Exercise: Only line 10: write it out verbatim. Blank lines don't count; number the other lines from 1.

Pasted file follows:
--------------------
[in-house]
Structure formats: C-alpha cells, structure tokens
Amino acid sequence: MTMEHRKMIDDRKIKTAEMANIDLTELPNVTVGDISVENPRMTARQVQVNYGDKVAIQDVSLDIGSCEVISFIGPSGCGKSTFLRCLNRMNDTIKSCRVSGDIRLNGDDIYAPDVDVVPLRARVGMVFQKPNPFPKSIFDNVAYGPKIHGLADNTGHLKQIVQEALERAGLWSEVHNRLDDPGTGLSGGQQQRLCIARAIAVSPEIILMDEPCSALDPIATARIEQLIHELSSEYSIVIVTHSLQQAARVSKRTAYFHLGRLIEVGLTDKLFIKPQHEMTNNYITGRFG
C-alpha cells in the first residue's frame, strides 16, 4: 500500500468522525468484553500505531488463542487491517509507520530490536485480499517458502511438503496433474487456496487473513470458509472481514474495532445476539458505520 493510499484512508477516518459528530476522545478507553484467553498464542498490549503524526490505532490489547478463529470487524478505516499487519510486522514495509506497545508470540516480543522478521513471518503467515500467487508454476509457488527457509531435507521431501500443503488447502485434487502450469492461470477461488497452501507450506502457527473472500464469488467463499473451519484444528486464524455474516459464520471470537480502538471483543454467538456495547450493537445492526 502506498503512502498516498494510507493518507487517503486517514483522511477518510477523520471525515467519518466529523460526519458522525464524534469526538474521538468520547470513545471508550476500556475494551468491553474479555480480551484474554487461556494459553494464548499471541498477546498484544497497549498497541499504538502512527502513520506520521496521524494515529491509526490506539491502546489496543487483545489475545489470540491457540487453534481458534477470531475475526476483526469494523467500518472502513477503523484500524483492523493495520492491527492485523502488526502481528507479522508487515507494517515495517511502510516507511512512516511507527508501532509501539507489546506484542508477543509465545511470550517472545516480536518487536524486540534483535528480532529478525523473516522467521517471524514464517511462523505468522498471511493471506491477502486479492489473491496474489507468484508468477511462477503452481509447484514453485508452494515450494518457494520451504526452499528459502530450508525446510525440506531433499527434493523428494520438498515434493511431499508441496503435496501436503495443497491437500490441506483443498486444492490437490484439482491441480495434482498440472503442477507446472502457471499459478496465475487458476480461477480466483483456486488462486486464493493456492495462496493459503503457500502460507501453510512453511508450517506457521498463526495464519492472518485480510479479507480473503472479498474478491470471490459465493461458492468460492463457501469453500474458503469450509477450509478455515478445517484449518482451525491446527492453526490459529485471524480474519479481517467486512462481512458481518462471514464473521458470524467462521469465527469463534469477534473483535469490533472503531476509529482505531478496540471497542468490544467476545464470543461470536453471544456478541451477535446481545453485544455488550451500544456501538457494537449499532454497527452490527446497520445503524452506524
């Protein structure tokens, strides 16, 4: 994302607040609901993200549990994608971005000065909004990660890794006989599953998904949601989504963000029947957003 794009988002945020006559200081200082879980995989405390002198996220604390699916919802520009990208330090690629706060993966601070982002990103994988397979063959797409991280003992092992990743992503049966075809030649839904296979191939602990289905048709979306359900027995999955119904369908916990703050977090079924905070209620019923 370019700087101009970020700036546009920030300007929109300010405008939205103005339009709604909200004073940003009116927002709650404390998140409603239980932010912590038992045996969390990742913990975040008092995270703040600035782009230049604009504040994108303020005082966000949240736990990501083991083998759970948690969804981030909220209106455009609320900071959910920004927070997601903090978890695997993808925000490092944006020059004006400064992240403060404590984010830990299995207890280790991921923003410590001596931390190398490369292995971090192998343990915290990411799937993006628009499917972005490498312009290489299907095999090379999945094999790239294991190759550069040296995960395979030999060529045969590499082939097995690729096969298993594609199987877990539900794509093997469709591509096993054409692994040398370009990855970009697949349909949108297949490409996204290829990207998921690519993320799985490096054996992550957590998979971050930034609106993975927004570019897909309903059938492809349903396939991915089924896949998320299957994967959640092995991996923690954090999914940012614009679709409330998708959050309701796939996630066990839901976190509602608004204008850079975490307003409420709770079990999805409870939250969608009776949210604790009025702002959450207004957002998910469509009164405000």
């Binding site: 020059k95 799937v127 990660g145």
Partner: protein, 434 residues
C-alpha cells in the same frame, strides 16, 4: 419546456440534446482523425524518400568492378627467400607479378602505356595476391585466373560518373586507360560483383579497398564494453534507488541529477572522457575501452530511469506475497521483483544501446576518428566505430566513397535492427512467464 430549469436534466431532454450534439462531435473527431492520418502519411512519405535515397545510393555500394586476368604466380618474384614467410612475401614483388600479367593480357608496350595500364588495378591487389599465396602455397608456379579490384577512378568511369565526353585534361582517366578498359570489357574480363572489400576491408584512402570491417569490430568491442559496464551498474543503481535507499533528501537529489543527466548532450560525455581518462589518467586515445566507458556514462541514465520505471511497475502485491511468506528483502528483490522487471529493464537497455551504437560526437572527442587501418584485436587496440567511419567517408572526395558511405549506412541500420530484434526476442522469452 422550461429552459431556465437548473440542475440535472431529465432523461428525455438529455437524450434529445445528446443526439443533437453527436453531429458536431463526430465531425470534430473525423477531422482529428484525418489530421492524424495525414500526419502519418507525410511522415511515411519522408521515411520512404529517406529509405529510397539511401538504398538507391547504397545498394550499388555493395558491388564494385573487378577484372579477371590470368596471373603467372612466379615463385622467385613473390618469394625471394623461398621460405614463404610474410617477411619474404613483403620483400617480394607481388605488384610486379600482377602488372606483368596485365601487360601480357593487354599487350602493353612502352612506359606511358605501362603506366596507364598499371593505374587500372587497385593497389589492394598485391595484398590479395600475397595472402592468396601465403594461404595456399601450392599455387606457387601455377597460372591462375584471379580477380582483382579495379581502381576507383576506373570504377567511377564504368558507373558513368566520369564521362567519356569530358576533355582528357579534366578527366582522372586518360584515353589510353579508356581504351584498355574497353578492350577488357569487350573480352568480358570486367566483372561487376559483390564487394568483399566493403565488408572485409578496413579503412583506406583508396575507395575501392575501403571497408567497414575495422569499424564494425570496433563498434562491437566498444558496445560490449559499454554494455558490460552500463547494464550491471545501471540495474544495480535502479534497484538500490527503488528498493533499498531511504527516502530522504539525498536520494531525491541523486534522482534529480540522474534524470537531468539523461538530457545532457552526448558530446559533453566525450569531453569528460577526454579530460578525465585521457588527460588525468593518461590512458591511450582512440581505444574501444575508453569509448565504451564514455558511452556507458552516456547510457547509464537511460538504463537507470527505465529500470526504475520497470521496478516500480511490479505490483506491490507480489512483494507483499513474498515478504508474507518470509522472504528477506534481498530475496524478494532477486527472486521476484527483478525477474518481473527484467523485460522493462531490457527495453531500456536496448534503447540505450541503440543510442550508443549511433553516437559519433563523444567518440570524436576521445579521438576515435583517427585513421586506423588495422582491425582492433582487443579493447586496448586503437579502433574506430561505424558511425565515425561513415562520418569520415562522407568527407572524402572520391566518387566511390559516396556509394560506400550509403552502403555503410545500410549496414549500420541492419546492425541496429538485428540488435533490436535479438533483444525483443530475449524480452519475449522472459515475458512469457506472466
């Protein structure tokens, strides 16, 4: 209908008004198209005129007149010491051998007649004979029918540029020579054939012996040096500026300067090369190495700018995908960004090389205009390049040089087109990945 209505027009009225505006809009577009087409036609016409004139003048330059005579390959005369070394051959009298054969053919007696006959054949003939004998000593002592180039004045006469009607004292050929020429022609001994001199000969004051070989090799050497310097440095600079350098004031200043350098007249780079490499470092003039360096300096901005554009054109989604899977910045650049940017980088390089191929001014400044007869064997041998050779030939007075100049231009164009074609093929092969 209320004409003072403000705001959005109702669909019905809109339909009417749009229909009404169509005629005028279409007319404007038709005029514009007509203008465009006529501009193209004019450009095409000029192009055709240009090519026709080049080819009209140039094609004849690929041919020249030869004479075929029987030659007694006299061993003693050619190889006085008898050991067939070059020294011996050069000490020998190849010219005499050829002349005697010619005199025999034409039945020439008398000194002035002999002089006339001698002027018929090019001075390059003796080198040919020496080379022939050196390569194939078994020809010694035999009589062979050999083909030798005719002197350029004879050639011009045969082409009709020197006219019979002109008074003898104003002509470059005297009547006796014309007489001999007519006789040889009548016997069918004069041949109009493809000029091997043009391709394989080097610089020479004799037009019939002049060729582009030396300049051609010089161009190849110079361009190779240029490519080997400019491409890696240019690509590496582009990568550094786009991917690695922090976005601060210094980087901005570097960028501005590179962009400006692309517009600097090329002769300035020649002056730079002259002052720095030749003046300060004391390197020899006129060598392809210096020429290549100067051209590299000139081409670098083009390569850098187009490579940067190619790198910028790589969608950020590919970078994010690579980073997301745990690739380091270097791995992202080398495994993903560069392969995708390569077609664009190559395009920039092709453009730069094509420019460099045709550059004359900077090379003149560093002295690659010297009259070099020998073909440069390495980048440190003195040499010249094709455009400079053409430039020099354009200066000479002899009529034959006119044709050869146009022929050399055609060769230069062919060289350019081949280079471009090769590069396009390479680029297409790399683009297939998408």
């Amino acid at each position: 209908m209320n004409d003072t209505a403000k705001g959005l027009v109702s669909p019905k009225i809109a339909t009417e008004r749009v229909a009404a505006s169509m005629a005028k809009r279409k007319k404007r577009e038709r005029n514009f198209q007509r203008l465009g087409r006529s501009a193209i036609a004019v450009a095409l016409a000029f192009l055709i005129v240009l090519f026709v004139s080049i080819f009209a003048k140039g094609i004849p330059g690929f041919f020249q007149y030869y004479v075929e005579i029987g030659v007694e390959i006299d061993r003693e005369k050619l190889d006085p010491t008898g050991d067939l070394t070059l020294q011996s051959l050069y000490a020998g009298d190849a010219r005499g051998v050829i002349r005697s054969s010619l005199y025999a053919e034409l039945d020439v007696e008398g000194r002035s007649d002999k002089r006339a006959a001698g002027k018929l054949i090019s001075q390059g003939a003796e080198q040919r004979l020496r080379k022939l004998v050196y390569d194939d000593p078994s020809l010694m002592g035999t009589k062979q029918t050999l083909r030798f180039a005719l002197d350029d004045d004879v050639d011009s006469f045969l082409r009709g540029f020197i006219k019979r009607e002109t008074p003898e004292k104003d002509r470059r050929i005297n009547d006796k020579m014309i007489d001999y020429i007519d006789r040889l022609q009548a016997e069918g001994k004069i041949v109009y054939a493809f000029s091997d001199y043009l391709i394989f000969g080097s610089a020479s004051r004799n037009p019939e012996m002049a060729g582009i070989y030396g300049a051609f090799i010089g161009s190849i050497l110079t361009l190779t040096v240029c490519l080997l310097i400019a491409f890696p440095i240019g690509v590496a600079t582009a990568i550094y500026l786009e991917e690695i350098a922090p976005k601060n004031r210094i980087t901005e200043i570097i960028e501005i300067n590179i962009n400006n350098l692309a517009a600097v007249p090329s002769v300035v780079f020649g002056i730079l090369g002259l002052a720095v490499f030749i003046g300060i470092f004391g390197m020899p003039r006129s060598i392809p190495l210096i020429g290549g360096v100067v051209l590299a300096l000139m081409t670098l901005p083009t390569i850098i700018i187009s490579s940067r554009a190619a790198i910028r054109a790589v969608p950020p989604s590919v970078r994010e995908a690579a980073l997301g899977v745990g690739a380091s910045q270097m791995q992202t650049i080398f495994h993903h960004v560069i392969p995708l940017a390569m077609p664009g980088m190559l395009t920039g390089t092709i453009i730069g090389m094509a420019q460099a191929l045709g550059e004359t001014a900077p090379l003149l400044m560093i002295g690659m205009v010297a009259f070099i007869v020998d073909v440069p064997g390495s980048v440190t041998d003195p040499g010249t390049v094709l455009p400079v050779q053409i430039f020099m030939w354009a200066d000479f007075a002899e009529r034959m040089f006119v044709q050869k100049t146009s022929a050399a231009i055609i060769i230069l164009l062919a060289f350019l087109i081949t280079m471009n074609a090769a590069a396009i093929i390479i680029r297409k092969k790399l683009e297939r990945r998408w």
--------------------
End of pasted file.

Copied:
């Amino acid at each position: 209908m209320n004409d003072t209505a403000k705001g959005l027009v109702s669909p019905k009225i809109a339909t009417e008004r749009v229909a009404a505006s169509m005629a005028k809009r279409k007319k404007r577009e038709r005029n514009f198209q007509r203008l465009g087409r006529s501009a193209i036609a004019v450009a095409l016409a000029f192009l055709i005129v240009l090519f026709v004139s080049i080819f009209a003048k140039g094609i004849p330059g690929f041919f020249q007149y030869y004479v075929e005579i029987g030659v007694e390959i006299d061993r003693e005369k050619l190889d006085p010491t008898g050991d067939l070394t070059l020294q011996s051959l050069y000490a020998g009298d190849a010219r005499g051998v050829i002349r005697s054969s010619l005199y025999a053919e034409l039945d020439v007696e008398g000194r002035s007649d002999k002089r006339a006959a001698g002027k018929l054949i090019s001075q390059g003939a003796e080198q040919r004979l020496r080379k022939l004998v050196y390569d194939d000593p078994s020809l010694m002592g035999t009589k062979q029918t050999l083909r030798f180039a005719l002197d350029d004045d004879v050639d011009s006469f045969l082409r009709g540029f020197i006219k019979r009607e002109t008074p003898e004292k104003d002509r470059r050929i005297n009547d006796k020579m014309i007489d001999y020429i007519d006789r040889l022609q009548a016997e069918g001994k004069i041949v109009y054939a493809f000029s091997d001199y043009l391709i394989f000969g080097s610089a020479s004051r004799n037009p019939e012996m002049a060729g582009i070989y030396g300049a051609f090799i010089g161009s190849i050497l110079t361009l190779t040096v240029c490519l080997l310097i400019a491409f890696p440095i240019g690509v590496a600079t582009a990568i550094y500026l786009e991917e690695i350098a922090p976005k601060n004031r210094i980087t901005e200043i570097i960028e501005i300067n590179i962009n400006n350098l692309a517009a600097v007249p090329s002769v300035v780079f020649g002056i730079l090369g002259l002052a720095v490499f030749i003046g300060i470092f004391g390197m020899p003039r006129s060598i392809p190495l210096i020429g290549g360096v100067v051209l590299a300096l000139m081409t670098l901005p083009t390569i850098i700018i187009s490579s940067r554009a190619a790198i910028r054109a790589v969608p950020p989604s590919v970078r994010e995908a690579a980073l997301g899977v745990g690739a380091s910045q270097m791995q992202t650049i080398f495994h993903h960004v560069i392969p995708l940017a390569m077609p664009g980088m190559l395009t920039g390089t092709i453009i730069g090389m094509a420019q460099a191929l045709g550059e004359t001014a900077p090379l003149l400044m560093i002295g690659m205009v010297a009259f070099i007869v020998d073909v440069p064997g390495s980048v440190t041998d003195p040499g010249t390049v094709l455009p400079v050779q053409i430039f020099m030939w354009a200066d000479f007075a002899e009529r034959m040089f006119v044709q050869k100049t146009s022929a050399a231009i055609i060769i230069l164009l062919a060289f350019l087109i081949t280079m471009n074609a090769a590069a396009i093929i390479i680029r297409k092969k790399l683009e297939r990945r998408w």